Marc LiVecche and Daniel Strand continue their series on the just war tradition by focusing on legitimate authority. They address questions about what a sovereign authority is, whether citizens should obey a sovereign even if it’s an evil regime like Nazi Germany, what legitimate authority and the just war tradition would say about the “bread vs. bombs” debate, if the United States should spend so much on the military, and other issues.
Viewers can watch the first episode in this just war tradition series, “Overview of the Just War Tradition,” here.
Strand: Hello and welcome back to True North. My name is Daniel Strand. As always, I am here with Marc LiVecche. What is your title now at Providence?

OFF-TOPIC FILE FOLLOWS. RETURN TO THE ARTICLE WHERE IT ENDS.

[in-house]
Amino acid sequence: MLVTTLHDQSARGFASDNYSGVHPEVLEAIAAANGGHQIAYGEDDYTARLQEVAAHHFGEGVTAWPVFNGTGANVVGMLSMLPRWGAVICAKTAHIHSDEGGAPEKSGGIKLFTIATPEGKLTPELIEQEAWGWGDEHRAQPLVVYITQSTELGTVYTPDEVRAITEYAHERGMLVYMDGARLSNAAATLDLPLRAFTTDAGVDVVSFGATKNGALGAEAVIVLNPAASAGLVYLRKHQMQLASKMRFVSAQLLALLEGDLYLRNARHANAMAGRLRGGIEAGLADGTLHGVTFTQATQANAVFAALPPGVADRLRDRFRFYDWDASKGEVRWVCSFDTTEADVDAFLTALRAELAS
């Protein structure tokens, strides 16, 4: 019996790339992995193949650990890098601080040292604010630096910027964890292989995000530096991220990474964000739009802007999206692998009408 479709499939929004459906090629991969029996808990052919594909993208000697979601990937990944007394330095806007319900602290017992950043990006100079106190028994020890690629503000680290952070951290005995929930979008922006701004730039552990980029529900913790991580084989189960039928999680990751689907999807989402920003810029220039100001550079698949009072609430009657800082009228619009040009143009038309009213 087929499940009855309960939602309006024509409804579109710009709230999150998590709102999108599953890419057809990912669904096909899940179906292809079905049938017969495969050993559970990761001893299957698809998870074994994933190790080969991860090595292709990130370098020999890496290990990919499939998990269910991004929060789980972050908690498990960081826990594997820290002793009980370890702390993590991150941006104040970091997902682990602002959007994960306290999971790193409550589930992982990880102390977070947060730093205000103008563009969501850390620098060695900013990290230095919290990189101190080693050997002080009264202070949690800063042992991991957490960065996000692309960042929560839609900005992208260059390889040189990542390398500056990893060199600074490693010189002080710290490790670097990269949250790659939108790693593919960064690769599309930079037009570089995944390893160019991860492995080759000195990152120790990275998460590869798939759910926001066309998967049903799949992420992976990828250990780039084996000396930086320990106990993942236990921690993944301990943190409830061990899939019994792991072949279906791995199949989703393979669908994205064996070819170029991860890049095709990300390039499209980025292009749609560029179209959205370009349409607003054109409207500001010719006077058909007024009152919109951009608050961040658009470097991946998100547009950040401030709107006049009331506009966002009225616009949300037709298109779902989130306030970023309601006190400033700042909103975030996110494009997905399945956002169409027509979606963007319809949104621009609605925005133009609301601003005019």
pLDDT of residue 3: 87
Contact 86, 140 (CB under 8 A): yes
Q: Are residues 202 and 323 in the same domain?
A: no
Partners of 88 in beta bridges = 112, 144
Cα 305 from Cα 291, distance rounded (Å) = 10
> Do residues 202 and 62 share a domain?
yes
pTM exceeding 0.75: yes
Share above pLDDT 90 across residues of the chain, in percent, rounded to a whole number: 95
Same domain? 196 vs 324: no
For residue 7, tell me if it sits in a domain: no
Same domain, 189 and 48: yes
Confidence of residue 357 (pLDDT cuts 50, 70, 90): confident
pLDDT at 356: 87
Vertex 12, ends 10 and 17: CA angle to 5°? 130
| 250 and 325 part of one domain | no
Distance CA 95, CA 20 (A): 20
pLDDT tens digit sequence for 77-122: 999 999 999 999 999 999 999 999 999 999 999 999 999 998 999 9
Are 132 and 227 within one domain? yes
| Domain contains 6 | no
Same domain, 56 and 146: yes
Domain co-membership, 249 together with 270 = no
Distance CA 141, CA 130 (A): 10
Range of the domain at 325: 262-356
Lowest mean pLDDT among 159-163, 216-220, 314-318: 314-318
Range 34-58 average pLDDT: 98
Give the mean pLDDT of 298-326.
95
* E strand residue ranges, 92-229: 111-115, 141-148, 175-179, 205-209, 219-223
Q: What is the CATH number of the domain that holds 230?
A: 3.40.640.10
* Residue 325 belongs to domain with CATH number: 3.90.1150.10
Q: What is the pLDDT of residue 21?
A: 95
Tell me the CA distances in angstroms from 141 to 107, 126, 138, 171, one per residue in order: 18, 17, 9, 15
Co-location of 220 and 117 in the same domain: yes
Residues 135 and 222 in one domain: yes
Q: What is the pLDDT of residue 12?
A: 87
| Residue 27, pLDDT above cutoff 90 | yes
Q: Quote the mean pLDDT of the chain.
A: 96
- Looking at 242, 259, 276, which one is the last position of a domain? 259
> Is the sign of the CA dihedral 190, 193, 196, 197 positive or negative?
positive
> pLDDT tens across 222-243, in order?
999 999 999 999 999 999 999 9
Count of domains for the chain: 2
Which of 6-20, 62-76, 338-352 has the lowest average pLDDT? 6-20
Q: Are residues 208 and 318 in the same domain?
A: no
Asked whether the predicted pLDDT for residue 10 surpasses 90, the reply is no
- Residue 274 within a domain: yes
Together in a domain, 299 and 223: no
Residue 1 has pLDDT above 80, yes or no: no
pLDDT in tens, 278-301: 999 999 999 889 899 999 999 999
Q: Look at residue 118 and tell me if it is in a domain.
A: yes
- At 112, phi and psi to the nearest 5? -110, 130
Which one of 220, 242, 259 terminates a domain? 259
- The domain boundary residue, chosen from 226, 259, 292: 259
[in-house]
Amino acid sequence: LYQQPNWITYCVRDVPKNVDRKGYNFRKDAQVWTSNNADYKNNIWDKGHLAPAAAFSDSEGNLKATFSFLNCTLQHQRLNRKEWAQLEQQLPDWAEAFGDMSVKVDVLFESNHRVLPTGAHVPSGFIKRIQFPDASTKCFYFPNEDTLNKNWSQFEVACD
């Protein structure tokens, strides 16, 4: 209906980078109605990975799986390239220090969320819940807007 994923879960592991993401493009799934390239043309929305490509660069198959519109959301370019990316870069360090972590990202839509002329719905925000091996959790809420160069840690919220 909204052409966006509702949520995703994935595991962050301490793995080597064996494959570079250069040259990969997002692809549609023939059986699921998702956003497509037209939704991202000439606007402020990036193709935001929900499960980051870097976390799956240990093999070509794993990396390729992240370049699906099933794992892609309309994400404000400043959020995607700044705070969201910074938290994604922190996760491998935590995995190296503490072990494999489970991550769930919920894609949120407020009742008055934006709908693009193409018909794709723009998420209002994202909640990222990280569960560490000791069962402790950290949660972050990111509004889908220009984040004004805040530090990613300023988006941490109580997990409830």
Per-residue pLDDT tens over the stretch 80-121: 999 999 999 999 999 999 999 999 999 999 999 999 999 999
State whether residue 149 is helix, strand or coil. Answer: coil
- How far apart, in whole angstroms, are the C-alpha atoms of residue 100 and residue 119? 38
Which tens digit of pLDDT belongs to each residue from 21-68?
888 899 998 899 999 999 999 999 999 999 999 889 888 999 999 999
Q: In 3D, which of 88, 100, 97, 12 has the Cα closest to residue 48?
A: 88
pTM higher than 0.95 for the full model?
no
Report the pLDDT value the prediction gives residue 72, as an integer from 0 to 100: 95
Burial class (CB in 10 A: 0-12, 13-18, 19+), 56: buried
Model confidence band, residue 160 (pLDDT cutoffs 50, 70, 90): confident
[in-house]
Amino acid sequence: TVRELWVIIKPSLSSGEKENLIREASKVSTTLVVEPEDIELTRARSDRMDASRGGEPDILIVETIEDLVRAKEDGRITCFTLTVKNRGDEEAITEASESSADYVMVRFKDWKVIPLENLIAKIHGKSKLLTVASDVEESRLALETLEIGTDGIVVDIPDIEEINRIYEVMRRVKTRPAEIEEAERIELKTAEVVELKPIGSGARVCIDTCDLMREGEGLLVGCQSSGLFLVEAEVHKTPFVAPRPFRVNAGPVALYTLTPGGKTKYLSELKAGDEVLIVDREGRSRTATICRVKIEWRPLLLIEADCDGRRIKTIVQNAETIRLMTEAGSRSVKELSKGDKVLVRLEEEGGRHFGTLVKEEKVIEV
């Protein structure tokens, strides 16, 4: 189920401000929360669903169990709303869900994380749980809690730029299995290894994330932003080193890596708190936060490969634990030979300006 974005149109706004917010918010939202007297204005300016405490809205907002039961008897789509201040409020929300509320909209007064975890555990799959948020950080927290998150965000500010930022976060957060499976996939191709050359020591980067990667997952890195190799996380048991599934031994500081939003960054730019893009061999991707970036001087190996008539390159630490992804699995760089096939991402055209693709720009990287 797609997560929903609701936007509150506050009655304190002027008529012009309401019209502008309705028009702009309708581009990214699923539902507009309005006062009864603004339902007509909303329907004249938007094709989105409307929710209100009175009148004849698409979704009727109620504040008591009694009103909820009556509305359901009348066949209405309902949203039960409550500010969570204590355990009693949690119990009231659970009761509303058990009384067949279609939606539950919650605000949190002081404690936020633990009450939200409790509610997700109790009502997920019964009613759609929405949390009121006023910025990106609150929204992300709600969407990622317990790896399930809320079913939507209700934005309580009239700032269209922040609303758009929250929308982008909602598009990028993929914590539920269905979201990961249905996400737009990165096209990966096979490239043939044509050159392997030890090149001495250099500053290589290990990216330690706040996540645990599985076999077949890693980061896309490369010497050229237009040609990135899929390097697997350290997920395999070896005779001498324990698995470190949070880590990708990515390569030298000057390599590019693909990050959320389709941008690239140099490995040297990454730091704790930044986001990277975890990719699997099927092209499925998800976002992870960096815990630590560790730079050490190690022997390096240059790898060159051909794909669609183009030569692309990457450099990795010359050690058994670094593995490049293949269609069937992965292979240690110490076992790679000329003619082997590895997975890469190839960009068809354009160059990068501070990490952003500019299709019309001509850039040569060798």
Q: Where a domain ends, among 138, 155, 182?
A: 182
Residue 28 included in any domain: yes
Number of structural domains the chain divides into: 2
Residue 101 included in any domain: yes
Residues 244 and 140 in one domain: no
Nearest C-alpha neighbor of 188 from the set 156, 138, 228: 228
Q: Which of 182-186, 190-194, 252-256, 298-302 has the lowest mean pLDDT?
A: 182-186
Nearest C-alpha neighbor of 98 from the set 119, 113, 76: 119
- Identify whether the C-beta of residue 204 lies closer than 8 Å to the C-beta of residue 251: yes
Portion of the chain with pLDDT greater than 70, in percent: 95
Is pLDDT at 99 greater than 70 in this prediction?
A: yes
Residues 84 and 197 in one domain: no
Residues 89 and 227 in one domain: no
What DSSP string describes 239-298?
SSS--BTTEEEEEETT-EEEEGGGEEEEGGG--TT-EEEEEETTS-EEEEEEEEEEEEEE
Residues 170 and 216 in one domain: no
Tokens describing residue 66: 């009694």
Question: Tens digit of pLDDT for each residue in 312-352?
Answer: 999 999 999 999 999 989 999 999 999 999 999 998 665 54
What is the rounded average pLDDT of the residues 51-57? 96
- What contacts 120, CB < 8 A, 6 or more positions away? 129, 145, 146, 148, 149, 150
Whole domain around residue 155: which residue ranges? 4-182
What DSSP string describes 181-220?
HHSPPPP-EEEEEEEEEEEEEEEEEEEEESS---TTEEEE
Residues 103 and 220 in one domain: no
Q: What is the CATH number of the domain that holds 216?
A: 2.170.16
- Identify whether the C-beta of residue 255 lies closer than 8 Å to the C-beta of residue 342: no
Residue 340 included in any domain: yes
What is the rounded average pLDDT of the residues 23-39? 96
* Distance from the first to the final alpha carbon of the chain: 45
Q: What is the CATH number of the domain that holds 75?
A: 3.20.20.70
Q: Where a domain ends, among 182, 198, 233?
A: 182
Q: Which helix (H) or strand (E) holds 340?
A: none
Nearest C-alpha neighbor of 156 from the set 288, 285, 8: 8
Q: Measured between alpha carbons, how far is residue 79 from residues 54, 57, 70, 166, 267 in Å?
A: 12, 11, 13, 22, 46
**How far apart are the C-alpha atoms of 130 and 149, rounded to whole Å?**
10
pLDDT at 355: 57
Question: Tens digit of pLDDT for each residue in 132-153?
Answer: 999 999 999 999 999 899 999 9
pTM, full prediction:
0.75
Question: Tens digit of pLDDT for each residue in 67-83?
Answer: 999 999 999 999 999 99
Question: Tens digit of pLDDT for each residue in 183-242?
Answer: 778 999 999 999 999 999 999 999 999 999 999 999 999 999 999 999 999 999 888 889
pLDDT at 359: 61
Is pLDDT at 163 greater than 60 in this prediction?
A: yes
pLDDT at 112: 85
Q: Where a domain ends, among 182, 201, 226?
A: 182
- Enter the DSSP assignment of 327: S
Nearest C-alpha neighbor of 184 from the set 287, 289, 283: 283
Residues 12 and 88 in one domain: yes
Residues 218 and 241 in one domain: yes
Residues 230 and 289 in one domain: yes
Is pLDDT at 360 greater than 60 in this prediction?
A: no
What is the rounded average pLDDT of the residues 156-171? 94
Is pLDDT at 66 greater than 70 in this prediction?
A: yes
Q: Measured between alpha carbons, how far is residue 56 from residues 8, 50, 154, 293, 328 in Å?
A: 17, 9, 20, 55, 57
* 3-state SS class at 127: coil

LiVecche: I am the sovereign authority. No, no, no, no, I’m sorry, that’s today’s session topic. I’m the executive editor under Mark Melton’s stewardship and Mark Tooley’s helmsmanship.
Strand: Indeed. And where are you at these days, Marc?
LiVecche: I am ensconced to the United States Naval Academy in Annapolis, Maryland where I am a Stockdale research fellow in the Stockdale Center for Ethical Leadership.
Strand: And I, Daniel Strand, I’m ensconced as a professor of ethics at the Air War College, and I’m a contributing editor of Providence. And I’m grateful to be so. Today Marc and I are going to continue our journey which we had begun last time, and we are going to get down to brass tacks right away. And we are going to get into this thing called the Just War tradition.
LiVecche: Or Just War tradition. Absent the definite article.